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This article is part of the supplement: Proceedings of the First Biennial Conference on Science of Global Prostate Cancer Disparities in Black Men

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Detecting gene-gene interactions in prostate disease in African American men

R Renee Reams1*, Krishna Rani Kalari2, Honghe Wang3, Folakemi T Odedina45, Karam FA Soliman1 and Clayton Yates3

Author Affiliations

1 College of Pharmacy and Pharmaceutical Sciences, Florida A&M University, Tallahassee, Florida, USA

2 Department of Medical Informatics, Mayo Clinic College of Medicine, Rochester, MN, USA

3 Dept of Biology and Center for Cancer Research, Tuskegee University, Tuskegee, Alabama, USA

4 College of Pharmacy, University of Florida, Gainesville, Florida, USA

5 Prostate Disease Center, Department of Urology, University of Florida, Gainesville, Florida, USA

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Infectious Agents and Cancer 2011, 6(Suppl 2):S1  doi:10.1186/1750-9378-6-S2-S1

Published: 23 September 2011



The most common male malignancy in the United States is prostate cancer; however its rate of occurrence varies significantly among ethnic groups. In a previous cDNA microarray study on CaP tumors from African American (AA) and Caucasian (CA) patients, we identified 97 candidate genes that exhibited opposite gene expression polarity with respect to race groups; genes up-regulated in AA were simultaneously down-regulated in CA.


The purpose of this study was to narrow the 97 member gene list, to a smaller number of genes in order to focus studies on a limited number of genes/SNPs that might explain prostate cancer disparity in African Americans.


We performed genotype-phenotype, SNP and expression transcript levels correlations using HapMap Yoruba population with 85 of our 97 prostate candidate genes using SCAN database.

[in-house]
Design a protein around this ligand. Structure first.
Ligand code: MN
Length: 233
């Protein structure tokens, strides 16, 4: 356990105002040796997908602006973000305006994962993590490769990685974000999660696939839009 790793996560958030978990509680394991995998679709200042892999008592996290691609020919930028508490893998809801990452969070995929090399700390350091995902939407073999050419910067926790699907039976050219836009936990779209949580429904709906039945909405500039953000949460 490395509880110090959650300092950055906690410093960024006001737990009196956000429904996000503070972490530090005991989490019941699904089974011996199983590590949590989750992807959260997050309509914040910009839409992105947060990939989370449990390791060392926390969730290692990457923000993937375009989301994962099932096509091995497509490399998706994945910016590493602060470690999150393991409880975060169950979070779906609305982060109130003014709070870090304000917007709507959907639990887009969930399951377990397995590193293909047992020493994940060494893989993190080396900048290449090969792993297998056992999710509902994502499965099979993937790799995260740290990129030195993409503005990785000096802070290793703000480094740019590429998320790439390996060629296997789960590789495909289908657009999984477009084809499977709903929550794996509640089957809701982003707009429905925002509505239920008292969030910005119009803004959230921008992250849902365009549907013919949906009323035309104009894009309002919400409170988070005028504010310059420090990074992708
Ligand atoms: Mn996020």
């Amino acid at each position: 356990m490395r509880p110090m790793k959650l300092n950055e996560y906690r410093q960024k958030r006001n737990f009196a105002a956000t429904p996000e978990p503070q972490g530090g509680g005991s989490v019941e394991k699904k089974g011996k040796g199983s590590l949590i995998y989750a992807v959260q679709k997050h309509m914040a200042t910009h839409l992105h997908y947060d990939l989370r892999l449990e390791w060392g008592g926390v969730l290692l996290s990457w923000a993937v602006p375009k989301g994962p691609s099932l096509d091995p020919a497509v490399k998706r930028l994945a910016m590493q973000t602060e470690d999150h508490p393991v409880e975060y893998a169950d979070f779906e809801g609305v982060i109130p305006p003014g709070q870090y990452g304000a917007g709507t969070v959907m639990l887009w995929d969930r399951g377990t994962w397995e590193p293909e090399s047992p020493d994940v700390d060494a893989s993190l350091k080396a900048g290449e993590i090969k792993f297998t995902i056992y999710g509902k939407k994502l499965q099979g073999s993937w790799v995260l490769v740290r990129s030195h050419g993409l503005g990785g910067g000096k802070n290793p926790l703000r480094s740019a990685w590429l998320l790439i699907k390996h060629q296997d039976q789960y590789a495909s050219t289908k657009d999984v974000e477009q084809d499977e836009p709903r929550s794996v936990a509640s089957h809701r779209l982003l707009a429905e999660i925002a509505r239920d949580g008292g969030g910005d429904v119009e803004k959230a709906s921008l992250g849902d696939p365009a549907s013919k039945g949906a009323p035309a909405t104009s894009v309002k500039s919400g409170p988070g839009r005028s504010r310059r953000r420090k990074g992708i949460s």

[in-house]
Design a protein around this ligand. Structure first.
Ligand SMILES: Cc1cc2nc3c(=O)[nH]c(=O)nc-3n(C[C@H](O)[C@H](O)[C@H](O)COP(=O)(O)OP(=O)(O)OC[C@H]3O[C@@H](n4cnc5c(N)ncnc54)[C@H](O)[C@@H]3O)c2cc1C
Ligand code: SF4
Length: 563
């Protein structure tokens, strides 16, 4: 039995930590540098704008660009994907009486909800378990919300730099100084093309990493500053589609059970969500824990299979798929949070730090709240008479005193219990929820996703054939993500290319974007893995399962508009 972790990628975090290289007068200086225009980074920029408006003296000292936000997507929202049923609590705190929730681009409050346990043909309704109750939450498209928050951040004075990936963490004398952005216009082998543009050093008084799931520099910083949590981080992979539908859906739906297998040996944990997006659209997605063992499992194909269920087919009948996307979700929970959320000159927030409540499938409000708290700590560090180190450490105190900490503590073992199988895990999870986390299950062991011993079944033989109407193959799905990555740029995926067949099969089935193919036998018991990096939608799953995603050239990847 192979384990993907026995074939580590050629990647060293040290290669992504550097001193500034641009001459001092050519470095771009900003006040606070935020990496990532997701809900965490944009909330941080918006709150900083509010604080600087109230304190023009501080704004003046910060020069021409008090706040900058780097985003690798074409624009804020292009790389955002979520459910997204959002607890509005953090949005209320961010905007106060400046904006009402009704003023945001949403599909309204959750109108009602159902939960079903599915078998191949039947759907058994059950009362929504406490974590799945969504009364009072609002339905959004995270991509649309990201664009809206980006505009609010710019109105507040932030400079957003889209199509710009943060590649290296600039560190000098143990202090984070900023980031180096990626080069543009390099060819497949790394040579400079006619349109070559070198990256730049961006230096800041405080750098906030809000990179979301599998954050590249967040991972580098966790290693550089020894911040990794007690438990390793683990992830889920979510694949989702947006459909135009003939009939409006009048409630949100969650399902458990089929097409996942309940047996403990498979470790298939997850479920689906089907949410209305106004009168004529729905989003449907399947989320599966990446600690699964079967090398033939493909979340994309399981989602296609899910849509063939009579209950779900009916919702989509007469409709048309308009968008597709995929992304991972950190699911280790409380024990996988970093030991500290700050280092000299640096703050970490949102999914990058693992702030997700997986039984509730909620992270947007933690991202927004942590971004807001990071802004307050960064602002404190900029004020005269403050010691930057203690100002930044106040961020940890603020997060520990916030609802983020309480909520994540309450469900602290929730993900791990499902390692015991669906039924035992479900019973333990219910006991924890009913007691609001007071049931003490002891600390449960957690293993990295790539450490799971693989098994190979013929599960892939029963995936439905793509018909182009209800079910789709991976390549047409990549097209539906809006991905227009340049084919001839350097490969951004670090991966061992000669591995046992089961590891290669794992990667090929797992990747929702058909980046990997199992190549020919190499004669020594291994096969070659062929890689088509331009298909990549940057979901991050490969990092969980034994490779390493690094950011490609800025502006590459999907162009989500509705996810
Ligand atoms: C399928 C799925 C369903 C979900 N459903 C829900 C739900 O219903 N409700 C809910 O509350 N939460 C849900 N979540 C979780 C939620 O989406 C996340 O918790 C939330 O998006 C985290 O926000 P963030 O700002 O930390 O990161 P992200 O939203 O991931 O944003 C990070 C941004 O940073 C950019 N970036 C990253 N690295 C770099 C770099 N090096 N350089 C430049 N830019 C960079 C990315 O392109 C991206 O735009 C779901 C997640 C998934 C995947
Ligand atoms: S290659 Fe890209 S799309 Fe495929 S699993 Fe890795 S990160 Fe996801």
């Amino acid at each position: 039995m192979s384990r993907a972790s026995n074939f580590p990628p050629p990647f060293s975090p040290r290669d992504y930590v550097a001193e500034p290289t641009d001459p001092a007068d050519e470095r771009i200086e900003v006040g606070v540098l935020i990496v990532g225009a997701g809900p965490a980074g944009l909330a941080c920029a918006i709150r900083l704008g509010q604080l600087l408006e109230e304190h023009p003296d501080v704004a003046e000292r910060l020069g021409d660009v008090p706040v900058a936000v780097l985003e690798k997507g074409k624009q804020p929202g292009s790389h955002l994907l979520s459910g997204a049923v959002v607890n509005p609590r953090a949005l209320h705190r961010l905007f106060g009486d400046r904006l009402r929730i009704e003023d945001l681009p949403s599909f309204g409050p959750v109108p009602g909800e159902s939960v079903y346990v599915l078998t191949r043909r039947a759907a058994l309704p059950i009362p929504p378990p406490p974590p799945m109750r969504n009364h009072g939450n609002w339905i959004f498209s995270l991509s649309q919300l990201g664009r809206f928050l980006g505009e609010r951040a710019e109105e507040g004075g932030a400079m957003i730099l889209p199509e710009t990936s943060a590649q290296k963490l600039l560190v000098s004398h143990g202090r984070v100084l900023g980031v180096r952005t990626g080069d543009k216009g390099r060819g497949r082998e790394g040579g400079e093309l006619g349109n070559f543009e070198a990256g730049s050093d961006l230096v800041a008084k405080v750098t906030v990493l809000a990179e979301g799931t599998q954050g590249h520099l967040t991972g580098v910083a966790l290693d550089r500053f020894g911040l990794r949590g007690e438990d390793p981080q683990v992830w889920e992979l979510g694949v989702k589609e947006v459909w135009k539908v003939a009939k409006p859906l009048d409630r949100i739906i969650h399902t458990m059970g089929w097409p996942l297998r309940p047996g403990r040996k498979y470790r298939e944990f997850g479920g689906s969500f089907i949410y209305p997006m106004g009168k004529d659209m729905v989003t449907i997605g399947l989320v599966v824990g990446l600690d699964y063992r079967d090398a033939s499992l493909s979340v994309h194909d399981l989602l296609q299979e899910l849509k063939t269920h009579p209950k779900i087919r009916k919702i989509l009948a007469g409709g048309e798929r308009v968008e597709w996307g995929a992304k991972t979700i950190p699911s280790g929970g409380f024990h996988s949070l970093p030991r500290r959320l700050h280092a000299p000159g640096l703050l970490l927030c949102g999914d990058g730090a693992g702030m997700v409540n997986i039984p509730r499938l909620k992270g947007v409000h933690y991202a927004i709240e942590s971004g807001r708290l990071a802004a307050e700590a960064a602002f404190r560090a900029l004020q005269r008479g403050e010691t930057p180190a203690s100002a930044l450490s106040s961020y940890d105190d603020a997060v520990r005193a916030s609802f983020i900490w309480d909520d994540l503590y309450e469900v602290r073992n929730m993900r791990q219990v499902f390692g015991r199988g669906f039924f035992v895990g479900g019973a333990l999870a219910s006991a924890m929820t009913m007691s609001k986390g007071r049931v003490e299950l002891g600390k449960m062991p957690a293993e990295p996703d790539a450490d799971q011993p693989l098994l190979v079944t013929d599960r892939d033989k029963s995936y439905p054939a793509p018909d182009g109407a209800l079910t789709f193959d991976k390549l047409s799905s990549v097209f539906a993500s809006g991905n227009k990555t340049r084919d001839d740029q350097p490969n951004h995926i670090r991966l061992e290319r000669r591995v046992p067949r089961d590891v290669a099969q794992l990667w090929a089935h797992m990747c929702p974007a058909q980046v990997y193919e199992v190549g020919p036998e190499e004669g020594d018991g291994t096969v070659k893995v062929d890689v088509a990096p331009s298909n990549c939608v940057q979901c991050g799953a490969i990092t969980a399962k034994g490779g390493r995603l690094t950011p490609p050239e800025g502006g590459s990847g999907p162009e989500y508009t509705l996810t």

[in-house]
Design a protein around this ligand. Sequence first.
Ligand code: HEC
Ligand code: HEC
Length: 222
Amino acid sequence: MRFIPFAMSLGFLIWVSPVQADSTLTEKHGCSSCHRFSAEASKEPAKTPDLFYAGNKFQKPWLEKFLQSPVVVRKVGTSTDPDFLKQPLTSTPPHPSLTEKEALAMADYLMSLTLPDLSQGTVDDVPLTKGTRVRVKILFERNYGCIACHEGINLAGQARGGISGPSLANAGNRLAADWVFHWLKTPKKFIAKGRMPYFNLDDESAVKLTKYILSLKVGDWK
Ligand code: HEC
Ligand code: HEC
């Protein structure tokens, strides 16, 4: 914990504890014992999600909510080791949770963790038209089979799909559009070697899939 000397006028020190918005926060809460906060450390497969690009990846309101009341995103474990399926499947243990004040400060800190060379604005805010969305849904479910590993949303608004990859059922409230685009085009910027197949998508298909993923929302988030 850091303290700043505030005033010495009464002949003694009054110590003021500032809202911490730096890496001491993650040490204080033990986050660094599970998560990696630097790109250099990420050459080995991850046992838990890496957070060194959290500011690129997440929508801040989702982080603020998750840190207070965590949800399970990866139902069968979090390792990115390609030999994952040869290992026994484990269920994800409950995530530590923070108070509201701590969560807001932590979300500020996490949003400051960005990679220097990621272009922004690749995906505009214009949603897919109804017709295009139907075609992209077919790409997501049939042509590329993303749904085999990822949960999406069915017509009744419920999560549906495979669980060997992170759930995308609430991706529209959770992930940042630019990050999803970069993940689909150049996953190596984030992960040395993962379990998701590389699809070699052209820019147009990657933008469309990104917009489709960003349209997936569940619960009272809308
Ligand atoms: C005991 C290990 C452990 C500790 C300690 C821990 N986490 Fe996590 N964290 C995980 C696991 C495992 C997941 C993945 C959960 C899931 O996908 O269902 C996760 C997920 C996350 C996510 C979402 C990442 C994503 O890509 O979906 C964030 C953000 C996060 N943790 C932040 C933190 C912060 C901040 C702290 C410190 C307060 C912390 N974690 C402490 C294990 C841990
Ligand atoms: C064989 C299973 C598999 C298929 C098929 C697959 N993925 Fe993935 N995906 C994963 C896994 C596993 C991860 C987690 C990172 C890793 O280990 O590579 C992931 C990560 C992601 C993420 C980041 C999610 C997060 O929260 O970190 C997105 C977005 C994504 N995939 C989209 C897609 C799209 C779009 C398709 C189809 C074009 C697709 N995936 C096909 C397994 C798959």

Findings revealed an association of SNPs surrounding ABCD3 gene with basal gene expression of RanGAP1 is important in prostate tumors in AA. Hence, to confirm our results in clinical biospecimen, we monitored expression of ABCD3 in a novel panel of African American and Caucasian prostate cancer paired cell lines. The LNCaP, C4-2B showed 2-fold increase; MDA-2PC-2B cell line, derived from AA, showed highest fold-change, 10-fold. The EGFR over expressing DU-145 WT cell line exhibited a 4-fold increase in expression relative to non transfected DU-145 prostate cell lines. Furthermore, Ingenuity Network analysis implicated our AA prostate candidate genes are involved in three network hubs, ERK, MapK and NFkB pathways.


Taken together, these findings are intriguing because other members of the ABC gene family, namely, ABCC3, ABCD1, and ABCD2 have been shown to confer chemoresistance in certain cancer types. Equally important, is the fact that activation of the MapK/ERK pathway via EGFR stimulation is vital for increased transcription of numerous cancer related genes. It is especially noteworthy that overexpression of EGFR has been widely observed in AA prostate tumors. Collectively our findings lead us to think that a novel signaling cascade, through which increased aggressiveness and chemoresistance is achieved, may explain prostate cancer health disparity in AA males and the nature of aggressive CaP tumors in general.